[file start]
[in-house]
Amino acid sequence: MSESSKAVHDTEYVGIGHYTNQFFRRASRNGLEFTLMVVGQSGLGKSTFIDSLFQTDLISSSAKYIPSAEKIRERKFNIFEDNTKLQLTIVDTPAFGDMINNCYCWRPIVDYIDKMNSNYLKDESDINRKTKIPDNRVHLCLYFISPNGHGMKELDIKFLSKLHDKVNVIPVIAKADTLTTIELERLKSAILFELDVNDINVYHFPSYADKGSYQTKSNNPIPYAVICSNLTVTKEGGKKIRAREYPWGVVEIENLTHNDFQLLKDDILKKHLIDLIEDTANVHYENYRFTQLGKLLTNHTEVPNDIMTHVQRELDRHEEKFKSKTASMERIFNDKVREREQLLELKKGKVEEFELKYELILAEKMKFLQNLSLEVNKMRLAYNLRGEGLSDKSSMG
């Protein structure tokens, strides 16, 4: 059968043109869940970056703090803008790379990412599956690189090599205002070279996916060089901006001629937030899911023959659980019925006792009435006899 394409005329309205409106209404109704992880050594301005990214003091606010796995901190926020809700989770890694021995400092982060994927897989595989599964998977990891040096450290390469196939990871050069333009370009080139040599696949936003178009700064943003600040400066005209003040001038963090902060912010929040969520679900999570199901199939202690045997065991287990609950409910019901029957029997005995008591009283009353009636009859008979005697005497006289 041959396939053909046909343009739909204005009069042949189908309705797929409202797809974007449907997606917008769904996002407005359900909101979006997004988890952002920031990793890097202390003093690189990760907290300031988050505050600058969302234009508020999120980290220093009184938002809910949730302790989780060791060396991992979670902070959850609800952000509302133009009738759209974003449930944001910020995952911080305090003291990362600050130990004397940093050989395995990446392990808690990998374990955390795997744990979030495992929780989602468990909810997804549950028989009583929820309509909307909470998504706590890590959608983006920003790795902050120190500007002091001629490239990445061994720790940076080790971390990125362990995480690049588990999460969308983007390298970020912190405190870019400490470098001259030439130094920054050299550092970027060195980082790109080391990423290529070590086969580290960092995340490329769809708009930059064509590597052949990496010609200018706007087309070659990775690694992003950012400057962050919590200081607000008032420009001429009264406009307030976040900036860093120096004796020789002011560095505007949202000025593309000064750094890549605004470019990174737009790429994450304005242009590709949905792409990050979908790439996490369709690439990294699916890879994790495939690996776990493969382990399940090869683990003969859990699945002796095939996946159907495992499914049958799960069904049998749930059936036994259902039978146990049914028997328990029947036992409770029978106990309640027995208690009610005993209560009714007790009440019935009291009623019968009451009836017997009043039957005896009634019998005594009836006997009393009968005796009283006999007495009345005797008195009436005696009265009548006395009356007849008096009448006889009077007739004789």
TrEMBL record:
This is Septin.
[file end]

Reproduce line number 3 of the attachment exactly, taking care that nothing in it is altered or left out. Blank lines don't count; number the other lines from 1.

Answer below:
């Protein structure tokens, strides 16, 4: 059968043109869940970056703090803008790379990412599956690189090599205002070279996916060089901006001629937030899911023959659980019925006792009435006899 394409005329309205409106209404109704992880050594301005990214003091606010796995901190926020809700989770890694021995400092982060994927897989595989599964998977990891040096450290390469196939990871050069333009370009080139040599696949936003178009700064943003600040400066005209003040001038963090902060912010929040969520679900999570199901199939202690045997065991287990609950409910019901029957029997005995008591009283009353009636009859008979005697005497006289 041959396939053909046909343009739909204005009069042949189908309705797929409202797809974007449907997606917008769904996002407005359900909101979006997004988890952002920031990793890097202390003093690189990760907290300031988050505050600058969302234009508020999120980290220093009184938002809910949730302790989780060791060396991992979670902070959850609800952000509302133009009738759209974003449930944001910020995952911080305090003291990362600050130990004397940093050989395995990446392990808690990998374990955390795997744990979030495992929780989602468990909810997804549950028989009583929820309509909307909470998504706590890590959608983006920003790795902050120190500007002091001629490239990445061994720790940076080790971390990125362990995480690049588990999460969308983007390298970020912190405190870019400490470098001259030439130094920054050299550092970027060195980082790109080391990423290529070590086969580290960092995340490329769809708009930059064509590597052949990496010609200018706007087309070659990775690694992003950012400057962050919590200081607000008032420009001429009264406009307030976040900036860093120096004796020789002011560095505007949202000025593309000064750094890549605004470019990174737009790429994450304005242009590709949905792409990050979908790439996490369709690439990294699916890879994790495939690996776990493969382990399940090869683990003969859990699945002796095939996946159907495992499914049958799960069904049998749930059936036994259902039978146990049914028997328990029947036992409770029978106990309640027995208690009610005993209560009714007790009440019935009291009623019968009451009836017997009043039957005896009634019998005594009836006997009393009968005796009283006999007495009345005797008195009436005696009265009548006395009356007849008096009448006889009077007739004789």